Amanda Nunes on defending her titles, earning her rep and posing for the Body Issue

Amanda Nunes discusses her road to becoming a two-division UFC champion and her status as the first openly gay champion.

Before Amanda Nunes defeated Holly Holm to defend her bantamweight title and keep her title as "champ champ," she sat down with ESPN at a shoot for the 2019 Body Issue. Nunes opens up about defending her title, earning her reputation in UFC and representing her fans as an openly gay champion.


Doing the Body Issue was something different I wanted to try. Everything in my life is always like that -- maybe if I try it one time, I'll like it. And right now is the best time for me to do it. My dream is coming true, and all these good things are happening in my life. Why not do something different? Be naked, take a picture.

The fans can see the technique altogether, how the body looks under all of the fighter's clothing. It's a good thing to see.


Marcus Smith for ESPN

I started training for MMA when I was 18 years old. My jujitsu coach told me, "Amanda, you should try MMA." Since that moment, I got in love with this sport and haven't stopped.

Back then, I lived in the gym. I cleaned the gym. I trained every day, even Sundays. Everything was a little difficult, but this is a part of this game. Suffer a little bit, and then everything's going to be fine in the end. When you have a dream, you have to follow and train hard.

Now I look back at everything that I passed in my life, I feel good. I was supposed to pass for all those moments to get here, and I'm very happy. If I can do it again in my next life, I will do the same.


Losing [in UFC 178] when I was close to fighting for the belt -- that was devastating for me. I was so close at the time, and I lost. I thought about giving up the sport, but I have a lot of good people around me: my wife, Nina, my family. Everybody keeps helping me to be positive and moving forward.

I changed a lot of things. First I decided to switch gyms, and I came training in America Top Team, and, of course, I work on my mind and my body, and I got everything strong, and I moved forward. And everything worked out.


Beating all those girls, I think, was a huge accomplishment in my career because I always was the underdog. People were always doubting me, and that was the moment to prove it.

When I think about all those fights, I always think, like, "Man, we did it." Sometimes, you have your people around you, but they aren't able to think like you. They're only there to be there, not think exactly like you're thinking.

In the big moments, my coach always thinks exactly what I think. And that was amazing. Like, we always have been able to put all our minds together on only one thing, and I feel so happy I'd be able to do that.

Everything that I wanted to do, I did it. Now I enjoy this moment because I work hard for these moments. Now I really can look in the mirror and say, "We did it. I did it," and it makes me happy.


When I'm training, I come to the gym twice a day and sometimes three times. My coach and I make our schedule: wrestle in the morning, strike and conditioning, jujitsu later. And we mix it up as well. I always move everything around. I don't keep everything the same every day.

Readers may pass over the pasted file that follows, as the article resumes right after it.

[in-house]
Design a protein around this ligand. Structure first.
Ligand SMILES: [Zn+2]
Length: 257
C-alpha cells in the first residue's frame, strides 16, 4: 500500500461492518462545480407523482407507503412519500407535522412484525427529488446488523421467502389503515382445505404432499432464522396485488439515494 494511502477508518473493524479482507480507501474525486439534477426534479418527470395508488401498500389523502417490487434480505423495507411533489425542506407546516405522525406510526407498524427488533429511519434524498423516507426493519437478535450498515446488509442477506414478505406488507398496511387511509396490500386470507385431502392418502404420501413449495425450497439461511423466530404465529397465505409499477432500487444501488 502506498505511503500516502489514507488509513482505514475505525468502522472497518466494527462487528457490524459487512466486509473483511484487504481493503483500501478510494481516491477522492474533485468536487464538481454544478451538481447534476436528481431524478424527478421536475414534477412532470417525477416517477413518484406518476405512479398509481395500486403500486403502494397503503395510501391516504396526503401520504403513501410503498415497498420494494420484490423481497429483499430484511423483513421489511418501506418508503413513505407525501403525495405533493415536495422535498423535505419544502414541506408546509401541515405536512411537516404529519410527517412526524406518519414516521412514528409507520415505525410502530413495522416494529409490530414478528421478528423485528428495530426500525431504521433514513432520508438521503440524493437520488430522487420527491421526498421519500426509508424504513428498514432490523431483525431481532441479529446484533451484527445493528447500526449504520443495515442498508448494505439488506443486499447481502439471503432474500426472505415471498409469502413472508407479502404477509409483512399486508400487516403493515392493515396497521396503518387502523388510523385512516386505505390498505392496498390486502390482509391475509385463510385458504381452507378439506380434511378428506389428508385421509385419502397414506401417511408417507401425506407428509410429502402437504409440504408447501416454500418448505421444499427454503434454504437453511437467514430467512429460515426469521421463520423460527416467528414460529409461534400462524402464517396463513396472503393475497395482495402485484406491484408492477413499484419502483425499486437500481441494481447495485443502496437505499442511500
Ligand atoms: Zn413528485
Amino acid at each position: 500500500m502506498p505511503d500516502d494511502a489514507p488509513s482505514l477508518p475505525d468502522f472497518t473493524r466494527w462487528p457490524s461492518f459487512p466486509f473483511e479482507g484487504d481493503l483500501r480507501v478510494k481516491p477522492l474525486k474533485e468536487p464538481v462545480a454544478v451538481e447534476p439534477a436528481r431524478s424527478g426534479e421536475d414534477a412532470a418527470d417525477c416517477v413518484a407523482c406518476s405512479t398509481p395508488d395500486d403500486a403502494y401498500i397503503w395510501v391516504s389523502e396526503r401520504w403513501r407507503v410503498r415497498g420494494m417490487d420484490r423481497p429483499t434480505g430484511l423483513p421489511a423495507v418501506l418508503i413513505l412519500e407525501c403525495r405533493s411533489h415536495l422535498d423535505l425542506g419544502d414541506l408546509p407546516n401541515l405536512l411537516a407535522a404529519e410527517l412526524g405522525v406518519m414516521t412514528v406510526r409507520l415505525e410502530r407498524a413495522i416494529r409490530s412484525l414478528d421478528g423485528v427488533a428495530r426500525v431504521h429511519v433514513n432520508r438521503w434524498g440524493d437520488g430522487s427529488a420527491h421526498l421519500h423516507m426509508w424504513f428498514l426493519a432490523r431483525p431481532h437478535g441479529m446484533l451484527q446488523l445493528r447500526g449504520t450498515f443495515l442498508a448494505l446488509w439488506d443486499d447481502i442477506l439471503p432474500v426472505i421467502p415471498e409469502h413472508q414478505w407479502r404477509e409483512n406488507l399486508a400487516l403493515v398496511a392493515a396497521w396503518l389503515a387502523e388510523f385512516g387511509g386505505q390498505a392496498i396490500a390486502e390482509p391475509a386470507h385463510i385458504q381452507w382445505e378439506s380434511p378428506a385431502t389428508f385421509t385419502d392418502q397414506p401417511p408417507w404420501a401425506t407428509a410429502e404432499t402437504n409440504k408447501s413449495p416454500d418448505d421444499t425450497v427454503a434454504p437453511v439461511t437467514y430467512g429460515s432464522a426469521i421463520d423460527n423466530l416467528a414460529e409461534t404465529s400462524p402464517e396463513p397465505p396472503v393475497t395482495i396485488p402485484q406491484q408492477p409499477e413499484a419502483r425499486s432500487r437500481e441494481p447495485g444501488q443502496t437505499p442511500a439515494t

I always like making some changes. My coach and I discuss every day: What is the next step? What are you going to do in the next week? Because you have to have these changes now and then for you to be able to enjoy the camp as well.

Another thing is the pain, how I feel every day. You have to listen to your body sometimes. You have to keep paying attention, like how you feel to move it forward in the camp.


Since I met Nina (Ansaroff, Nunes' fiancee) until today, we always make history together, and it's great to have her in my life. One huge moment in my career was UFC 200. It was awesome. I got to show everybody they can make it as well. If I did it, anybody can. It was that moment to show everybody that: I'm gay, and I did it. You can do it as well. I like to help people like that, be able to show them they can do.

I hear a lot from people about that message and from young kids as well, struggling to be strong to talk to their mother, their father. A lot of parents thank me or Nina, talking about, "Oh, my daughter just talked to me because they saw you guys" and things like that.

These things making me happy. If I can be able to help people, I'm going to keep doing this.


A lot of fans talk about this -- "Why doesn't UFC show more Amanda?" -- if they don't promote me for some reason. But now I feel like I proved a point: I'm the best in this game. You guys have to look at me. Look at me.

And I feel like, eventually they are going to, starting slowly. Me and Dana, we have a very good relationship, and we can talk. We can really, like, discuss my future. I feel like you have to see those things. Like, you should be able to sit down, discuss the future. Why do you not give opportunities to this person to grow more? Grow with them, give a chance, give opportunity.

And I think they do right now. I've been doing a lot of things with UFC. I'm happy in whatever it's taking to keep making history, keep making people change their mind, and we will do that.


I'm going to defend both of my belts. I'm going to defend my 135, and right after, I'm going to up and defend the 145 belt. The 145 I feel more natural because the weight cut is always hard. I've been doing this for so long, and I want to take a break a little bit. But if I be able to defend both, I will do it.

One isn't better than the other -- to be a champion is always be a champion. Both titles are very special and important for me. People can recognize everything that I did now and I'm happy for that. 

Related Content